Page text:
How can the notion of optimal speed limits best be applied in urban areas?
Journal article, Peer reviewed
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Original versionTransport Policy. 2018, 68 (September), 170-177. 10.1016/j.tranpol.2018.05.008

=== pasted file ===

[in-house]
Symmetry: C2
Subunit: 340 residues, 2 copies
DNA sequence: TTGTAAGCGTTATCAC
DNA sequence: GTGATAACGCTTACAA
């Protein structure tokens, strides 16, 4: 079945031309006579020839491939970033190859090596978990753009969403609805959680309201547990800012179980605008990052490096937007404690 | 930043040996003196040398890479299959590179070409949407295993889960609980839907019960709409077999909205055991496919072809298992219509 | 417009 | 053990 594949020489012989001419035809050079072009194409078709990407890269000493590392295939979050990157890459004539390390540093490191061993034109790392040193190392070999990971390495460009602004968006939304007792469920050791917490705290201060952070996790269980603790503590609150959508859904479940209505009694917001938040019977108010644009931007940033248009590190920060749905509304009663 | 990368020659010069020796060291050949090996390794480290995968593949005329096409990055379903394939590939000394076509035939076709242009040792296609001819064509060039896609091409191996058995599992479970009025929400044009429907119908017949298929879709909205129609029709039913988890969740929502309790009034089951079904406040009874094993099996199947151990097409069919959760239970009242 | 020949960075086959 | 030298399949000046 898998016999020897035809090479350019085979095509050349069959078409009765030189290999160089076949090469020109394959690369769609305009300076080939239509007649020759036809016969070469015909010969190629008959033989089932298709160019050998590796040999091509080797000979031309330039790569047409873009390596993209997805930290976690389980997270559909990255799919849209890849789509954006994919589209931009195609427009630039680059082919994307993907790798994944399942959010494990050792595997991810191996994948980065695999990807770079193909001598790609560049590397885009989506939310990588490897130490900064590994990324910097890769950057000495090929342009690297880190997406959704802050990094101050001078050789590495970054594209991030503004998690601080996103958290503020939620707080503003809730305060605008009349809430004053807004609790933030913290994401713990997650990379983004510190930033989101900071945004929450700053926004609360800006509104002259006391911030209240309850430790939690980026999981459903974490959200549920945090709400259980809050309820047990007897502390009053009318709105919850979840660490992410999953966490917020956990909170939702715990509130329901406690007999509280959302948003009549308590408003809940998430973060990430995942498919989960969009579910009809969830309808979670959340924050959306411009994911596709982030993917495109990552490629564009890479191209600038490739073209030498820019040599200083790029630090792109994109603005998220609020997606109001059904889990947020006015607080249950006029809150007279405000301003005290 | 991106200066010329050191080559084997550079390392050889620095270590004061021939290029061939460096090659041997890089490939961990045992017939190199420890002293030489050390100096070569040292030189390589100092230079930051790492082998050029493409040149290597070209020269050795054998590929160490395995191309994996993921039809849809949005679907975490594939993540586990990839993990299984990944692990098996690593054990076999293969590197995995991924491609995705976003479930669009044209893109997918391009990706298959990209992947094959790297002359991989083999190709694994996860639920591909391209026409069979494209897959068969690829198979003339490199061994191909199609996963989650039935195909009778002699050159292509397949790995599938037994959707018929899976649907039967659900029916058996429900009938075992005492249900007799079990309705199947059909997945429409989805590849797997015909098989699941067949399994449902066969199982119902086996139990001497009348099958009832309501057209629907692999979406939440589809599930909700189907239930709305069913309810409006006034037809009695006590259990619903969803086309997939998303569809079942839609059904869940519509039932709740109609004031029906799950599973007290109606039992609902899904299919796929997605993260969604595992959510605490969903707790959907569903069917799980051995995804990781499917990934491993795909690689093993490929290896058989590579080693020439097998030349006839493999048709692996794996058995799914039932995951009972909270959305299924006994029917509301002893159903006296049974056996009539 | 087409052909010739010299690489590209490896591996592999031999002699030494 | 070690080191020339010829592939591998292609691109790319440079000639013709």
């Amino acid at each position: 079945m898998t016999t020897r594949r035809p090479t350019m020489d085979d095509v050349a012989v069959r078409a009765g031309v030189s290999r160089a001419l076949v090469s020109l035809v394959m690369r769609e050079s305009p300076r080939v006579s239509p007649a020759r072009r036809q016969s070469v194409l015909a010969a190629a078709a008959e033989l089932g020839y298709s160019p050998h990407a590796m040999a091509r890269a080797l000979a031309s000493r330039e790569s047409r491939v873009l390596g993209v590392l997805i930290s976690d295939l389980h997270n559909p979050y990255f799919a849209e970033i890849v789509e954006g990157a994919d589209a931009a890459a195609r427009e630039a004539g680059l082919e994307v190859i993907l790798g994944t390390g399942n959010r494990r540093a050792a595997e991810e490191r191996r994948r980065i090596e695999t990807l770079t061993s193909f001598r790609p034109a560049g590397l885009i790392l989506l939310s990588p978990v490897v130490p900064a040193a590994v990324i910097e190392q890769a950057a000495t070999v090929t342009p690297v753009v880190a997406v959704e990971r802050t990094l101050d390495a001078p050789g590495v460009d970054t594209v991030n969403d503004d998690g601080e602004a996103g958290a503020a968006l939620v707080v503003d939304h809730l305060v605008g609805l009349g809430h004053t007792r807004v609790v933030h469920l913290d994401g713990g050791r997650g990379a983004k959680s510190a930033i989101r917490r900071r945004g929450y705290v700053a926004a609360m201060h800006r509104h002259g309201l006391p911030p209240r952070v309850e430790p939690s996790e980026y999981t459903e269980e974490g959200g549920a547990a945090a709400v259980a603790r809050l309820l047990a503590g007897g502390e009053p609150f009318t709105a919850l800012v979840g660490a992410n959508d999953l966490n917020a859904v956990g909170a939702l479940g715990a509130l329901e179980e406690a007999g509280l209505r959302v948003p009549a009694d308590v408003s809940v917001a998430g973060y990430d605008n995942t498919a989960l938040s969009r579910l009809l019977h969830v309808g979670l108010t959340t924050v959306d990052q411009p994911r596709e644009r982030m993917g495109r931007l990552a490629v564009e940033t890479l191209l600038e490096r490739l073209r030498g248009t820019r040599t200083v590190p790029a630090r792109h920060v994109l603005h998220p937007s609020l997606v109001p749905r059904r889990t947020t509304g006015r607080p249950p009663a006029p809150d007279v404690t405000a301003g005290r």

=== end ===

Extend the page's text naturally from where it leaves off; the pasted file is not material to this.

This paper reviews estimates of optimal speed limits made in the past 30 years. A tendency is seen for optimal speed limits to become higher. In the most recent estimates made for Norway, the optimal speed limit was in no case lower than 60 km/h. Adopting a speed limit of 60 km/h on roads in urban areas now having speed limits of 30, 40 or 50 km/h would most likely lead to an increase in the number of accidents and killed or injured road users. It is a political objective in Norway to reduce the number of killed or injured road users and to encourage more walking and cycling. Raising speed limits would conflict with both these objectives. This paper discusses if a re-interpretation of the notion of optimal speed limits can applied to justify low speed limits in urban areas. Traditionally, analyses of optimal speed limits have included motorised travel only. It is shown by means of simple numerical examples, that by including the effects of motorised travel speed on walking and cycling, optimal speed limits tend to be lower than when only motorised travel is included.